Movie Review: Impact (1949)

By Monica Sullivan
Movie Magazine International
Ella Raines (1921-88) was a cool, green-eyed brunette (with auburn highlights) who twice made the cover of "Life" magazine when she starred in two forties noir films for Universal, "Phantom Lady" and "Criss Cross." Two years before her 1943 film debut, a stove exploded in her face, fortunately resulting in just temporary damage to her hair and eyebrows. (The experience later added to the realism of her performance when she played a woman whose face had been scarred in "The Second Face.") Raines' career started out strong and she always gave good performances, but her films declined in quality and importance during her five-year contract.

1949's "Impact" was made independently in San Francisco, making fine use of both The City itself and the surrounding Bay area, including Sausalito and Larkspur. With better distribution: it might have picked up the reputation it deserves, for rarely has a film noir been as expertly convoluted as this one is. It has everything!: infidelity, attempted murder, accidental death, amnesia, false imprisonment, exciting courtroom sequences, missing evidence, a missing witness...What more could anyone ask for at three in the morning?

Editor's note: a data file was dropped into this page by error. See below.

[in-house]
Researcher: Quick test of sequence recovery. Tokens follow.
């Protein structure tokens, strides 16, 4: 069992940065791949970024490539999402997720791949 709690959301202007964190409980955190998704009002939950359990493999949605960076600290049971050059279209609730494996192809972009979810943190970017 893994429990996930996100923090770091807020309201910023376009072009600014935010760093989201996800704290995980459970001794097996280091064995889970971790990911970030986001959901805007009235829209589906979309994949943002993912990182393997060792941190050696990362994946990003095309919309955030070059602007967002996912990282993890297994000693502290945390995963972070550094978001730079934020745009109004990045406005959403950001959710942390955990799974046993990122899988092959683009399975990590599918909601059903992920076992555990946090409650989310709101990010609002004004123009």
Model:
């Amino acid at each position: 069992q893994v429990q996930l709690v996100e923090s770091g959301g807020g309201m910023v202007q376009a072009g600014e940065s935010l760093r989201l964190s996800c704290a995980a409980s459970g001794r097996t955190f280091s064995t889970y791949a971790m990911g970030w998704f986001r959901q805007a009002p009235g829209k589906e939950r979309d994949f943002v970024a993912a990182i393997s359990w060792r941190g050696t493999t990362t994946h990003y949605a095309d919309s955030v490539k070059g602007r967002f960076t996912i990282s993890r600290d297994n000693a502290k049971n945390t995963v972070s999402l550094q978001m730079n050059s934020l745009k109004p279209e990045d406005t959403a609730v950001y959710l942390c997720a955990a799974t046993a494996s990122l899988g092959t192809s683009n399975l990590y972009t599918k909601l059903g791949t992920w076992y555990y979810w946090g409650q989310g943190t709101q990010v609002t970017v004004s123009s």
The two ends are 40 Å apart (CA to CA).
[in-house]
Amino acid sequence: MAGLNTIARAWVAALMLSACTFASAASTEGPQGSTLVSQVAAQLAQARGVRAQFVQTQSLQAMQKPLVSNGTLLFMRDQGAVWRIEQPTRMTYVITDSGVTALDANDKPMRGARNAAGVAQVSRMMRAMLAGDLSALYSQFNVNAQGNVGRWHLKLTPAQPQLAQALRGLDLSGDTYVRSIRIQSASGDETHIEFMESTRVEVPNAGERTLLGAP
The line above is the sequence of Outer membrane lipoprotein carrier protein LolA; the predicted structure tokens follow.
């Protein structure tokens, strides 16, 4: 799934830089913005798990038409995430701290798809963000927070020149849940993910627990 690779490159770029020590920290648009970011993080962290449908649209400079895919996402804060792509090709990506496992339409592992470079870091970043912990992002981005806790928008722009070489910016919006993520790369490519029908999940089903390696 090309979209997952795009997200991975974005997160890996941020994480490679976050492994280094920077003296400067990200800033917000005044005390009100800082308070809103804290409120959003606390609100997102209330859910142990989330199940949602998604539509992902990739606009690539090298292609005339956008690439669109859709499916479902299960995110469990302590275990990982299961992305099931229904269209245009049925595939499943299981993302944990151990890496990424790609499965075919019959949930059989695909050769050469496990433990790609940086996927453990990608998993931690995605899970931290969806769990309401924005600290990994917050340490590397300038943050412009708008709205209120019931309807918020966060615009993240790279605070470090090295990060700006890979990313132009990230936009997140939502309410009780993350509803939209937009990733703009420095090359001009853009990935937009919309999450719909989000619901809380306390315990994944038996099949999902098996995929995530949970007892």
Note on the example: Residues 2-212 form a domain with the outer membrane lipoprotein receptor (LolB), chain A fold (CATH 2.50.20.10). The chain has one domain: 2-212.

Ella Raines plays a resourceful garage mechanic who stops at nothing to free the man she loves (Brian Donlevy). The excellent cast also features Charles Coburn as a tenacious inspector, lovely Helen Walker as the wife from hell, Anna May Wong as the loyal employee who holds they key to the mystery and Mae Marsh as Raines' mom. Only a few of Raines' films are available on video (including some episodes of her 1954 television series, "Janet Dean, Registered Nurse.") Luckily, "Impact" is among them.

More Information:
Impact (1949)
USA - 1949